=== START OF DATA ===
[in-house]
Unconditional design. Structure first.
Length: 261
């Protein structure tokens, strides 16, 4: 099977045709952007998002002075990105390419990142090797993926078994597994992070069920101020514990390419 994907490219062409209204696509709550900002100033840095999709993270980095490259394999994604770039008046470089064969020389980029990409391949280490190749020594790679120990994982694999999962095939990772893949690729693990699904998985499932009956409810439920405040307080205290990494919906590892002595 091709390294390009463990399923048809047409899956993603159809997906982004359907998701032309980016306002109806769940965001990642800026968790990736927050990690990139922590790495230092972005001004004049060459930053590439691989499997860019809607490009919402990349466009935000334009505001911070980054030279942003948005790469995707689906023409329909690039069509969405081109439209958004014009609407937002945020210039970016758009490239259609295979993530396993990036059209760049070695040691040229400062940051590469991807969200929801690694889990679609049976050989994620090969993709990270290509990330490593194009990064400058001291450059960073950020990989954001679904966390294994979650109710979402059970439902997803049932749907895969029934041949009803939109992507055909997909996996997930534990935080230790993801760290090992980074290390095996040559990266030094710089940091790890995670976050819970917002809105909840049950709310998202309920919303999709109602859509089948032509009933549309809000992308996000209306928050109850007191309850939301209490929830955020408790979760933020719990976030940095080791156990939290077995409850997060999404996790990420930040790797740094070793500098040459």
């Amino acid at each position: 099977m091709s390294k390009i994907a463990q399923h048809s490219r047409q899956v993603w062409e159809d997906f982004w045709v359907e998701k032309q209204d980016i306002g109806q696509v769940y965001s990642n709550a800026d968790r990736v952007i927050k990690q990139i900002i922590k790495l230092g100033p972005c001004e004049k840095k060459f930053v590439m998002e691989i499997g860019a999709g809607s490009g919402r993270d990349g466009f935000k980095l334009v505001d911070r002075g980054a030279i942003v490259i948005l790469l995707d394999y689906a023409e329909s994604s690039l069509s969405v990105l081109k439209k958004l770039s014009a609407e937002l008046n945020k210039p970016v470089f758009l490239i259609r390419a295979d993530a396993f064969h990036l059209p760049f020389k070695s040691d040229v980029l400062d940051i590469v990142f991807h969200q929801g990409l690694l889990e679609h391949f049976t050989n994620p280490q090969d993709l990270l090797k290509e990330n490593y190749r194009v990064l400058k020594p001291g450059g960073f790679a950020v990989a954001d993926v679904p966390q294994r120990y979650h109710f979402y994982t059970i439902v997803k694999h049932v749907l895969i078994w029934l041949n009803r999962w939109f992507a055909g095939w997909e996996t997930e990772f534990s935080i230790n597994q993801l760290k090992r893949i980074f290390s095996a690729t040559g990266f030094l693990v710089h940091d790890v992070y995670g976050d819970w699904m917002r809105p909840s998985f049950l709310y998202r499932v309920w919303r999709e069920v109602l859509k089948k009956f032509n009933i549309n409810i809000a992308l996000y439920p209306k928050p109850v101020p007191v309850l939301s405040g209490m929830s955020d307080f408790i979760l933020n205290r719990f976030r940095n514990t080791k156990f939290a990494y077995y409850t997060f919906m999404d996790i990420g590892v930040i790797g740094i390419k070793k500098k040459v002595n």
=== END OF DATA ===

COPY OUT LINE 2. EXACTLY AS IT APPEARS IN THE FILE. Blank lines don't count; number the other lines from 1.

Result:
Unconditional design. Structure first.